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In 1990, defendant-appellant Marty Dominguez was convicted by jury of second degree murder, and an allegation was found true he was armed with a deadly weapon during the commission of the offense. Dominguez was sentenced to prison for 21 years to life. He appealed, and the Court of Appeal affirmed in an unpublished opinion. In January 2019, Dominguez filed a petition for resentencing under Penal Code section 1170.95, which permitted a defendant convicted of murder under a felony-murder theory or the natural and probable consequences doctrine to petition for the conviction to be vacated and resentenced. The superior court found that Dominguez did not make a prima facie showing that he was entitled to relief and denied the petition. Dominguez appealed, contending the court erred in determining his petition did not establish a prima facie case for relief. The Court of Appeal concluded the superior court properly considered the record of conviction to determine as a matter of law that Dominguez was ineligible for relief under section 1170.95. View "California v. Dominguez" on Justia Law

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In 2018, defendant pleaded guilty to carjacking as a second strike, and admitted he sustained a prior serious felony conviction. In 2020, the secretary of the CDCR sent a letter to the trial court invoking the sentence recall provision of Penal Code section 1170, subdivision (d)(1). The trial court recalled defendant's sentence and held a resentencing hearing under section 1170, subdivision (d)(1), declining to strike defendant's enhancement.The Court of Appeal agreed with People v. Pillsbury (Sept. 30, 2021, C089002) ___ Cal.App.5th ___, where the Third Appellate District recently held that, "upon the recommendation of the Secretary of the CDCR . . . , trial courts have the authority to recall and resentence defendants based on post-judgment changes in the law giving courts discretion to strike or dismiss enhancements, even when the judgment in the case is long since final and even when the original sentence was the product of a plea agreement." The court also concluded that the trial court abused its discretion when it declined to strike defendant's prior serious felony enhancement. Accordingly, the court vacated defendant's sentence and remanded for a new section 1170, subdivision (d)(1) resentencing hearing. View "People v. Cepeda" on Justia Law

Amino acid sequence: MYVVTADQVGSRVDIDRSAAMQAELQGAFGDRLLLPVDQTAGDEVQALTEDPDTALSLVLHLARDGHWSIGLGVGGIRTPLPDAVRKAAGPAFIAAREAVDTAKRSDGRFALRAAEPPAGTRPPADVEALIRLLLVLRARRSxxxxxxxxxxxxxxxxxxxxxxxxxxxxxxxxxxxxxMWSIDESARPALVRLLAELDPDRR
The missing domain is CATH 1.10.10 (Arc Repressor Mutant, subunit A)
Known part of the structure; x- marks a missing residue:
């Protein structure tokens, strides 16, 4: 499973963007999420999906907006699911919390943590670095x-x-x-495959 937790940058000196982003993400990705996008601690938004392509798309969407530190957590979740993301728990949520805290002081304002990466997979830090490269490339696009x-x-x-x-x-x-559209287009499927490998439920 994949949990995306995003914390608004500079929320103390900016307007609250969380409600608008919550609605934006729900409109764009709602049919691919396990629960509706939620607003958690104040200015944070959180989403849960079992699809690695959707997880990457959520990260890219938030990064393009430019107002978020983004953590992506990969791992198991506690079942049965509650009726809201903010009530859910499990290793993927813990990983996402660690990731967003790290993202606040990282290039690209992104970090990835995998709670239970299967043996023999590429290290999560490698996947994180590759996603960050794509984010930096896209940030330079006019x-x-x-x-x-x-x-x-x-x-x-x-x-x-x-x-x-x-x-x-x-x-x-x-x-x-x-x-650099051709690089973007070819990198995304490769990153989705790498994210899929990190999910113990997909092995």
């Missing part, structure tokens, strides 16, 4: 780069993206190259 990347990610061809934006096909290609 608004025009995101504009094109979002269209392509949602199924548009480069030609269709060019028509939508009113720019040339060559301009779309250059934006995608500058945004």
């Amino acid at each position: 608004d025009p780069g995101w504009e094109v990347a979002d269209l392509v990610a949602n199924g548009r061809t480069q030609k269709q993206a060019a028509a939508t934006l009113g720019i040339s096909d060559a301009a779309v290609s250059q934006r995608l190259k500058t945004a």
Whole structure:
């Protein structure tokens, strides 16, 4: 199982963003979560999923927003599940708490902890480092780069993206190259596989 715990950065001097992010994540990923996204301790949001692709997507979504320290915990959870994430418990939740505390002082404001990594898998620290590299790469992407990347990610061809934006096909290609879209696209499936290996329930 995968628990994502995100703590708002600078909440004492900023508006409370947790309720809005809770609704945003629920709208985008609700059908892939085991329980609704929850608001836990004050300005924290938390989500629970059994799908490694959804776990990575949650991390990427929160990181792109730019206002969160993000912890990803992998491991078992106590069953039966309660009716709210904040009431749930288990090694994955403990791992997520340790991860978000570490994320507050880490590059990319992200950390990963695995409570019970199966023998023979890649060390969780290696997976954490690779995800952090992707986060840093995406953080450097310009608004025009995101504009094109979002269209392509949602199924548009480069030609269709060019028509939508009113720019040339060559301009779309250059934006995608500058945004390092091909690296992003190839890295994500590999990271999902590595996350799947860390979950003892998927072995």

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McClain pleaded guilty to drug charges and violating the conditions of his supervised release. He was also sentenced in state court to 20 years for failure to report an accident involving death. He was sentenced to 120 months in the distribution case; 24 months to be served concurrent to the state sentence and the remaining 96 months consecutive to it. In his delivery case, the court imposed a sentence of 24 months consecutive to both the distribution and state sentences. In 2013, the Seventh Circuit vacated: the district court resentenced McClain. The written judgments, however, were inconsistent with the oral pronouncements. In 2016, following U.S.S.G. Amendment 782, McClain's distribution sentence was reduced, under 18 U.S.C. 3582(c)(2), to 70 months, to run concurrent to the delivery sentence; 24 months would run concurrent to the state sentence. In 2021, the court corrected the 2016 errors.McClain was scheduled to be released in June 2021. In April, he moved in with his family and secured employment. Meanwhile, the government moved under FRCP 36, to correct clerical errors in the judgment. The district court entered an amended judgment in the distribution case. McClain was sent back to prison to serve 18 additional months. The Seventh Circuit ordered McClain’s release and vacated. The changes to his sentences were not merely clerical, so the district court erred by “correcting” the sentences under Rule 36. View "United States v. McClain" on Justia Law